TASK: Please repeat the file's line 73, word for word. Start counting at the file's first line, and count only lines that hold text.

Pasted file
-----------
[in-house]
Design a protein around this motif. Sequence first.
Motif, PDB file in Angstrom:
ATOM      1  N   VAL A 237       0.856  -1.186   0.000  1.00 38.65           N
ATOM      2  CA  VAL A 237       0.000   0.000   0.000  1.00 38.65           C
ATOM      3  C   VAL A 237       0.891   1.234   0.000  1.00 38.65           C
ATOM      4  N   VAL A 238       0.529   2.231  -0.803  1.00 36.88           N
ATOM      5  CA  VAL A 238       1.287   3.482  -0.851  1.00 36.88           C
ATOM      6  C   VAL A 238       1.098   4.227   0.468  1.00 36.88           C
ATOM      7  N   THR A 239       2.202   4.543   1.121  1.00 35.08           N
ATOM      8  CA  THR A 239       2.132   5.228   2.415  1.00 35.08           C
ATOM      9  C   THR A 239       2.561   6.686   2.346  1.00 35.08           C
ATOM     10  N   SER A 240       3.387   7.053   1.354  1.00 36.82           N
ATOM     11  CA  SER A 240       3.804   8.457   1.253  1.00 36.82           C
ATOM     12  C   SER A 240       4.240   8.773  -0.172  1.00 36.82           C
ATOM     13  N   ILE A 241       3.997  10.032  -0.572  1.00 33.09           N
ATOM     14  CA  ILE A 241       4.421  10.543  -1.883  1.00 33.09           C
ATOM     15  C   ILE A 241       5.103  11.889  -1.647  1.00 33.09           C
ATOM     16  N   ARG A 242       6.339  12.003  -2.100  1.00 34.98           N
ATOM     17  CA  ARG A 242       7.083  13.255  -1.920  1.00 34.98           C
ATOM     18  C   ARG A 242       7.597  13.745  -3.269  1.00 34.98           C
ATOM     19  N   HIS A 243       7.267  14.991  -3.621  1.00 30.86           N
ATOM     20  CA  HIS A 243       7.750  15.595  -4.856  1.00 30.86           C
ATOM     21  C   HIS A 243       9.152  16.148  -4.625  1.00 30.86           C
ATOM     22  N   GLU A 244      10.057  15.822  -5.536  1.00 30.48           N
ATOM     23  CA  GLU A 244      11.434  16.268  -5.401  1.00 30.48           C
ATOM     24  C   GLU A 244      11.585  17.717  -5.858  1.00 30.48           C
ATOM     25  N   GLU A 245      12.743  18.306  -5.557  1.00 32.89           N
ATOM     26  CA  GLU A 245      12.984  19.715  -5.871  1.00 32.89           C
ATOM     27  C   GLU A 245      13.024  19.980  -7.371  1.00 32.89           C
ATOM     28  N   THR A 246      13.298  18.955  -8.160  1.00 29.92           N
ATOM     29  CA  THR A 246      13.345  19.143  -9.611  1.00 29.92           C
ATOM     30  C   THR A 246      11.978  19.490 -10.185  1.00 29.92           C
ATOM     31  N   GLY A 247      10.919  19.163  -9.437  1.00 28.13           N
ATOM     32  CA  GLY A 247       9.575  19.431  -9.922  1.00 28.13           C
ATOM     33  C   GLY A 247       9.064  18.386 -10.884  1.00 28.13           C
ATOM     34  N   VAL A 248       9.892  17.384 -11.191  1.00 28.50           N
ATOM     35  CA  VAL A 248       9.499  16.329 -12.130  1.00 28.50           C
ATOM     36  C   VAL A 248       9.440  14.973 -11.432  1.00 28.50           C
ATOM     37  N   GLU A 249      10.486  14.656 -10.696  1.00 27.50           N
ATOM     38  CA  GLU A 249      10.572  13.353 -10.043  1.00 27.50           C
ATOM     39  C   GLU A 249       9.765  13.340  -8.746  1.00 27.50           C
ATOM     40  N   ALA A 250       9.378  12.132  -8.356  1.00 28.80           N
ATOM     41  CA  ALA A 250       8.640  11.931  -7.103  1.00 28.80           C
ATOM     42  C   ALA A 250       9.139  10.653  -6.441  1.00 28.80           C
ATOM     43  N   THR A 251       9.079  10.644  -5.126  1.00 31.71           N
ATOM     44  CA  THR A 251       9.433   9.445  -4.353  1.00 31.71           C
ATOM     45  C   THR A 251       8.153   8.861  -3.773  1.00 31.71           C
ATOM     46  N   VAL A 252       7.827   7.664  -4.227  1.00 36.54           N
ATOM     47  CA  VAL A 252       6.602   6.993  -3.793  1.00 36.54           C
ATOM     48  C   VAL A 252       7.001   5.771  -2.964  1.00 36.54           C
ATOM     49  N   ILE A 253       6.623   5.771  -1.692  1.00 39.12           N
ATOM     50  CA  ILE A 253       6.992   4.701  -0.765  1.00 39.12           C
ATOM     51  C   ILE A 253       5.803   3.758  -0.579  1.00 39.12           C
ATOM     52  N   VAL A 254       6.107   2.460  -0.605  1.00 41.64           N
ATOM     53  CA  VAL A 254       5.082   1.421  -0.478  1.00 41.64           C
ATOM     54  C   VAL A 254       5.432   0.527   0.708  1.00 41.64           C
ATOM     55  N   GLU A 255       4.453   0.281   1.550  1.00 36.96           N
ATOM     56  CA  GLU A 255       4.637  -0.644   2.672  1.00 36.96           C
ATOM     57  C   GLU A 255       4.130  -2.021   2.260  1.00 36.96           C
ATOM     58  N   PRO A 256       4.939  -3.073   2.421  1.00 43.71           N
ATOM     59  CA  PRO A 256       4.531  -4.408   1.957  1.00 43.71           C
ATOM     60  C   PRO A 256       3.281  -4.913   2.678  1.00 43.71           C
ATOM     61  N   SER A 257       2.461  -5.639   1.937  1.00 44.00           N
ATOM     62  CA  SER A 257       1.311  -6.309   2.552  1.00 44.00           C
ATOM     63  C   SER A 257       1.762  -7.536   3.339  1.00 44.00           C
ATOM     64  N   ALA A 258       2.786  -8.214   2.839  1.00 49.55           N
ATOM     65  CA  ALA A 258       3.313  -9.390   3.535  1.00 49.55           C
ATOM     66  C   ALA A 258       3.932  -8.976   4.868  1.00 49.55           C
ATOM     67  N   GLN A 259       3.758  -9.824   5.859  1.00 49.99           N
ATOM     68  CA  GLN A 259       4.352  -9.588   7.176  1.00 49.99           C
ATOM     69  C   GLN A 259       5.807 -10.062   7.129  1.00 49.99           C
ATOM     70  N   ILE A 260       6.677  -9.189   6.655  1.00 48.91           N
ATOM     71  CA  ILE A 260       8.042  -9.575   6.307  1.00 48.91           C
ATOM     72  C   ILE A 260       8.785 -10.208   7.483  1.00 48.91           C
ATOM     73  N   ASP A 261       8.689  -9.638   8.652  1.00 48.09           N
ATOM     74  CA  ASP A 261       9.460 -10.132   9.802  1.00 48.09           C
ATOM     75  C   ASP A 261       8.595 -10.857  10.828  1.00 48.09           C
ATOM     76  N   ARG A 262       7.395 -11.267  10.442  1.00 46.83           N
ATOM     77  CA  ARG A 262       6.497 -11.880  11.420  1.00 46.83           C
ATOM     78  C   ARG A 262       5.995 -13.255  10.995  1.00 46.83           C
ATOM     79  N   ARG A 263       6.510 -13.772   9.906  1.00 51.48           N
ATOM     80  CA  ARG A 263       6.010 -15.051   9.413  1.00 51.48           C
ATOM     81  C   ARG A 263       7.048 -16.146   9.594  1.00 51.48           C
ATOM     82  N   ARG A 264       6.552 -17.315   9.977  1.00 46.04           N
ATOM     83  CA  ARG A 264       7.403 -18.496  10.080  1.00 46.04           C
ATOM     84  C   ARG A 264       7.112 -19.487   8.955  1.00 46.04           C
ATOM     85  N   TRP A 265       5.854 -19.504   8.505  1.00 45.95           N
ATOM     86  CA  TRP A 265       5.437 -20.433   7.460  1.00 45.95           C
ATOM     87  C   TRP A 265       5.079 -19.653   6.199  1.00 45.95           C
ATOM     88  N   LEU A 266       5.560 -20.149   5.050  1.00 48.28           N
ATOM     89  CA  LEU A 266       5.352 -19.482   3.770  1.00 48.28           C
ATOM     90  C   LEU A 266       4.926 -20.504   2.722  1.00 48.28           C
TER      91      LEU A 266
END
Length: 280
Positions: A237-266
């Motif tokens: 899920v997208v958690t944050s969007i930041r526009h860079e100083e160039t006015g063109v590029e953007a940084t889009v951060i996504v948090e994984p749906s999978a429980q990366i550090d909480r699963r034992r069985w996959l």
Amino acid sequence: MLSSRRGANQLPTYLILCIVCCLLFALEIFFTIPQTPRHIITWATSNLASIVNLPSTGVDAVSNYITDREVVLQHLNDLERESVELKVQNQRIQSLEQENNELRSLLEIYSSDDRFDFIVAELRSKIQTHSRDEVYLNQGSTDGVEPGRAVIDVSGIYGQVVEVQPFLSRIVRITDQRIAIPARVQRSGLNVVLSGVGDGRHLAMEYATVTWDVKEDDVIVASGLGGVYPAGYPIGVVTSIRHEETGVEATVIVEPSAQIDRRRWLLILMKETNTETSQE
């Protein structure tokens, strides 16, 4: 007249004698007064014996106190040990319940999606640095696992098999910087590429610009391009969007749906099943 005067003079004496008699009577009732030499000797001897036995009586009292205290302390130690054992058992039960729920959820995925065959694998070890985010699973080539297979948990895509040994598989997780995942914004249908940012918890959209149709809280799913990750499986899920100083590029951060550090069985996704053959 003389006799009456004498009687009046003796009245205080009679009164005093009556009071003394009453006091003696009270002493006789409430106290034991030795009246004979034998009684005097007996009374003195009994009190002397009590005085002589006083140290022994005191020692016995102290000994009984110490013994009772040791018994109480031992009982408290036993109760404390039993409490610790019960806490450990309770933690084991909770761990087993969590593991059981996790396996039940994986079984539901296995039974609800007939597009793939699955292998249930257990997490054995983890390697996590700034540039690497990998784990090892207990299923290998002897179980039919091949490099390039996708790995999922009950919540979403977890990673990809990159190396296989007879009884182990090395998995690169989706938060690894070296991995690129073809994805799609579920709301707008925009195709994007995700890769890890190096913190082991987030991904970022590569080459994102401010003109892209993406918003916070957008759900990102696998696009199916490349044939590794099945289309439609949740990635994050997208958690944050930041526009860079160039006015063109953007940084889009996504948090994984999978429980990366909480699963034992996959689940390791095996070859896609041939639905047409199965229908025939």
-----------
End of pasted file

ATOM     70  N   ILE A 260       6.677  -9.189   6.655  1.00 48.91           N